“While this research does not fully explain why springtime land temperatures and snow cover are changing so much faster over Eurasia than North America, it does suggest that snow darkening from black carbon, a process lacking in most climate models, is playing a role,” Flanner said.

Ultimately, Flanner said, the magnitude of Earth’s climate response to CO2 and other human-generated products depends on feedbacks. Changes in snow cover amplify initial climate changes and constitute one of the most powerful feedbacks. Because snow covers much of the Northern Hemisphere during spring, Flanner and his colleagues expect to see some of the strongest climate change signals in northerly regions during local spring.

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5 Responses

  1. Black carbon seems to be making the headlines a lot of late. Reducing it would lead to big benefits to us all. Reducing carbon dioxide emissions is still crucial though.
    I can understand the Eurasian snow being exposed to more black carbon than the West Side of North America, but how does the East Coast of the USA compare to Eurasia and the West Coast?

    • … Including health benefits, John. Good questions on the geography. I’ve submitted some email questions to the researchers to get more info and will do a followup story.

      Meanwhile, our snow in the West of the US is not as pristine as one might think. We’ve had serious problems with SW desert dust storms the last few years, also leading to a rapid spring snowmelt.

  2. I will not get involved in the causes of global warming etc. as I am not qualified to answer the many questions which it brings to the table. I think we need to find the right balance in terms of planting many more trees than we destroy. As fantastic carbon controllers, the need for reforestation must be immense on our planet. The good news from the UK this year is that we are doing just that on our tiny little island. We are planting at least one million trees to commemorate our Queen. Mindyou, the time has come for mankind to give nature much more back than it takes.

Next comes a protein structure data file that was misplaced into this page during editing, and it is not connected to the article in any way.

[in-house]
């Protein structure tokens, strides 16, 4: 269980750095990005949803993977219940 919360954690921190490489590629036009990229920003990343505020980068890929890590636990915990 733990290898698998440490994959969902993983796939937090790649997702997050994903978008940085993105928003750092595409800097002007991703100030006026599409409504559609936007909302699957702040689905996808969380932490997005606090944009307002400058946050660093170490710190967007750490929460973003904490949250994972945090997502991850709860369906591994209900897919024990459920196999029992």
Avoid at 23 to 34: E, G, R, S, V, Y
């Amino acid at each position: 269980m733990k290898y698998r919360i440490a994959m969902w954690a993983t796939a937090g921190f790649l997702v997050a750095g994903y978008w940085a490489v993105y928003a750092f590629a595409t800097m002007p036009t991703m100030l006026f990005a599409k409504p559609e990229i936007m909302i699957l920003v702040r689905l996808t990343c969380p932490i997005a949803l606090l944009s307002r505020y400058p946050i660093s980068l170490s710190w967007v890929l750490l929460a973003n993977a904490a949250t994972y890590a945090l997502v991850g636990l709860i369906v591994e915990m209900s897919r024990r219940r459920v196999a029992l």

Kind Regards

    Tony Powell

  3. Records, facts, data, computer modeling, seem to line up, though there are those who still resist. Interesting thoughts here, as is the reforesting, which surely would seem to be better than stripping the earth of trees, especially in the manner that seems to be preferred, i.e.; clear cutting.

    • Jared Diamond, in “Collapse” which described the disappearance of several civilizations such as Easter Island, Sumeria, etc., drew the conclusion that deforestation was a common element. The loss of trees on our planet from insect infestations, rain forest burning, wildfires associated with draught, harvesting for firewood (Haiti and sub-Saharan Africa) portend a bleak future. We in the Colorado mountains face a dry summer this year and high wildfire risk.